Remember The NeverEnding Story?
Remember when Bastian first starts reading?
There’s this troll-looking dude that flies around on a bat, and he’s hanging out with a guy in a top hat who rides a racing snail. So they’re chillin’ in the woods, when they hear a rumbling in the distance. It gets louder and louder and LOUDER.
Eventually, out from the trees comes a giant dude made of rocks riding a tricycle.
They called him the Rock Biter, since his diet consisted of rocks. I guess you are what you eat.
The Rock Biter starts hanging out with the other dudes, and they get to talking about this thing called The Nothing (an entity that is threatening to destroy their world of Fantasia). The dude on the racing snail and the troll begin to tell of the things they had heard second-hand, but the Rock Biter had an actual run-in with The Nothing.
He told them about this beautiful lake that was in the center of his home town. It was loaded with plenty of delicious lime stone rocks (which would be important to a rock biter). But one day… One day The Nothing came, and then the lake was gone.
“What do you mean it was gone? Did it dry up?” the racing snail dude asked.
“No. It was just not there anymore.” the Rock Biter responded.
“What? Like there was a hole instead of a lake?” the troll dude asked.
“No. A hole would have been something. There was NOTHING there!” the Rock Biter explained.
I totally understand what the Rock Biter was saying. You can talk about The Nothing as much as you want, but there is no way you could ever understand it unless you experienced it. In the movie, the Rock Biter moves with just a little more urgency because he knows what The Nothing is all about. He wants everyone to understand what The Nothing is.
I started thinking about The NeverEnding Story last night while tasting some wine.
I started to think about The Nothing.
I’ve always been a fan of Riesling. I’ve especially been into the Rieslings of Washington state. I’ve never been afraid to bring a 6 dollar Riesling to a dinner party, because they are always crowd-pleasing. They always have a nice balance of acidity and a little residual sugar. Perfect with food.
Recently, I’ve been reading through Kevin Zraly’s wine book, and he spends quite a bit of time talking about the wines of Alsace (specifically Riesling). While reading it, I was all like, “I know about Riesling. I know that the stuff from France is gonna be a bit more dry. I know it’s gonna have nice mineral notes. I know it’s gonna have some good acid. I know it all.”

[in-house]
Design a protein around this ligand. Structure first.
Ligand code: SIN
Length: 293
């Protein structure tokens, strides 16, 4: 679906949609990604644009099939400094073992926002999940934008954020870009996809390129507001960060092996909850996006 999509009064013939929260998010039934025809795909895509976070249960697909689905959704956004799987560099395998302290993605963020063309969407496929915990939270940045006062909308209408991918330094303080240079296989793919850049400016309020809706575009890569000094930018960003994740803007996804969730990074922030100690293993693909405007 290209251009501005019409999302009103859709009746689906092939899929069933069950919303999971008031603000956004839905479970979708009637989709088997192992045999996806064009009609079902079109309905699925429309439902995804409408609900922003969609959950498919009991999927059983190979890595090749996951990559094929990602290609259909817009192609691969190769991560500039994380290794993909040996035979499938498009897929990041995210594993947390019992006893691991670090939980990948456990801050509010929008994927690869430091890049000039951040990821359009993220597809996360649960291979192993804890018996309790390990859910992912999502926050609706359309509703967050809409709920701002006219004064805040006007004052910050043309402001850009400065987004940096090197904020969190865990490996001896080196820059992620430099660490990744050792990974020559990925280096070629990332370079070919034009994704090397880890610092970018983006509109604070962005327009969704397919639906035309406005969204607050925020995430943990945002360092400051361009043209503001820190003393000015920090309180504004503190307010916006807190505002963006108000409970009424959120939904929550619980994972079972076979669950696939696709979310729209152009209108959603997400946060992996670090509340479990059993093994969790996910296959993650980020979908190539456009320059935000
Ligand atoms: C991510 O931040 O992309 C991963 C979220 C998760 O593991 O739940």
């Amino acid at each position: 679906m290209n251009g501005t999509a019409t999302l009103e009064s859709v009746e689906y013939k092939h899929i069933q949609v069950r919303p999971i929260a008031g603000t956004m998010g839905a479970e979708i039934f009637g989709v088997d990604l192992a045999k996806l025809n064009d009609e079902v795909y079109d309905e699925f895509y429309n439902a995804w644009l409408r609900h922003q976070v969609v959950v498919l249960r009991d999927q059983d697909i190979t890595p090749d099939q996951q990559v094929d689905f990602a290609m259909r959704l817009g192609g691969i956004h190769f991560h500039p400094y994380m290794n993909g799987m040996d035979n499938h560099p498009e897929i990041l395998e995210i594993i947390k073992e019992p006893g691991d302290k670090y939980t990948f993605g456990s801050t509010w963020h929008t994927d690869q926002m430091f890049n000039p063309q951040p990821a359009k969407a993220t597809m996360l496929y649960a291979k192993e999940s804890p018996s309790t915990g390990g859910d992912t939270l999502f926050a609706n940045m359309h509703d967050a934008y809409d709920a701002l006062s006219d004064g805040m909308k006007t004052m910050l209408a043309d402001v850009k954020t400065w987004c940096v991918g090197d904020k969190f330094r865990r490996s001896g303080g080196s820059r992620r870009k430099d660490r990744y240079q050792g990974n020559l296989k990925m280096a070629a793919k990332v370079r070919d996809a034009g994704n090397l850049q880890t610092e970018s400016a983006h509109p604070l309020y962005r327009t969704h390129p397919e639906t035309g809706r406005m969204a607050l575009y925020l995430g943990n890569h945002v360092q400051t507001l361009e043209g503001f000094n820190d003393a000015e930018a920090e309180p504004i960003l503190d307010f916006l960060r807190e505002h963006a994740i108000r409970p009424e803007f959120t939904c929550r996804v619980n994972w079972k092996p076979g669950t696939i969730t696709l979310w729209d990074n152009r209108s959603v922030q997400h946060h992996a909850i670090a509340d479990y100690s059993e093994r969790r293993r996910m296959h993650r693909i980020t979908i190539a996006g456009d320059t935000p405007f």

Apparently, I had no clue.
It turns out that Alsatian Riesling is my Nothing.
Here’s what went down…
I picked up two completely different Rieslings from two different stores for two different reasons, and decided to taste them side-by-side…
I picked up the Trimbach 2008 Riesling at BevMo for $21.99. Easily, the most I’ve ever paid for a Riesling, but this is the first wine that Zraly suggests you taste in his book. If I am to know about the Rieslings of Alsace, I’ve got to taste them.
I figured that if I really wanted to get to know this wine, I had to compare it with something I was familiar with. So yesterday I picked up this…
The Chateau Ste Michelle 2010 Riesling will set you back $5.99 at Trader Joe’s. This is my go to Riesling. This is the one that I bring to parties. This is the one that is just delicious.
Color: The Trimbach was a straw yellow. It was considerably darker than the Chateau Ste Michelle’s pale yellow hue.
Nose: The Trimbach was hella complex on the nose. Tons of small, not quite ripe, green apples. White raisins. There’s this crushed vitamin C characteristic that is really cool. There’s also a little lime, fig, and motor oil. The Rock Biter would also appreciate the lime stone minerality of it.
The Chateau Ste Michelle smells EXTREMELY sweet, in comparison. There’s lots of fruit on the nose. Pear. Apple pie. Peaches.
Taste: This is where it gets fun. The Trimbach is RAZOR SHARP in its acidity. I never understood the whole “Razor blades on the tongue” description that Gary Vaynerchuk talks about until I tasted this Riesling. This is intense! There’s a ton of lime and grapefruit on the palate. There are also hints of green apple skin and walnut. But really… the star of this wine is the dry, sharp, mouth-watering acidity.
The Chateau Ste Michelle, in comparison, is almost dessert-like in its approach. I never felt that way about it before. This thing is SWEET. It has light peach and mango fruit on the palate. There is a nice, clean acidity to this wine, but the fruit wins out.
Score: By all accounts, the Trimbach was everything I’ve read about Alsatian Rieslings, but nothing I could have ever expected. This wine is a game changer for me. I could write about this wine until my fingers fall off, and you still wouldn’t understand it. Much like The Nothing, I need you to know how great this is. Give it a 91. Buy it. Save it as an aperitif to a fancy seafood dinner at home.
The Chateau Ste Michelle is a good Riesling. It is a respectable 87, and a real value. I have no problem with popping this open with some Tuesday night Tai food.
But that Trimbach…
That Trimbach was something.
And since we had plenty of the bottle left after the tasting, Kara and I had the rest with dinner…
The Nothing teaching me about Riesling?
Ain’t that something!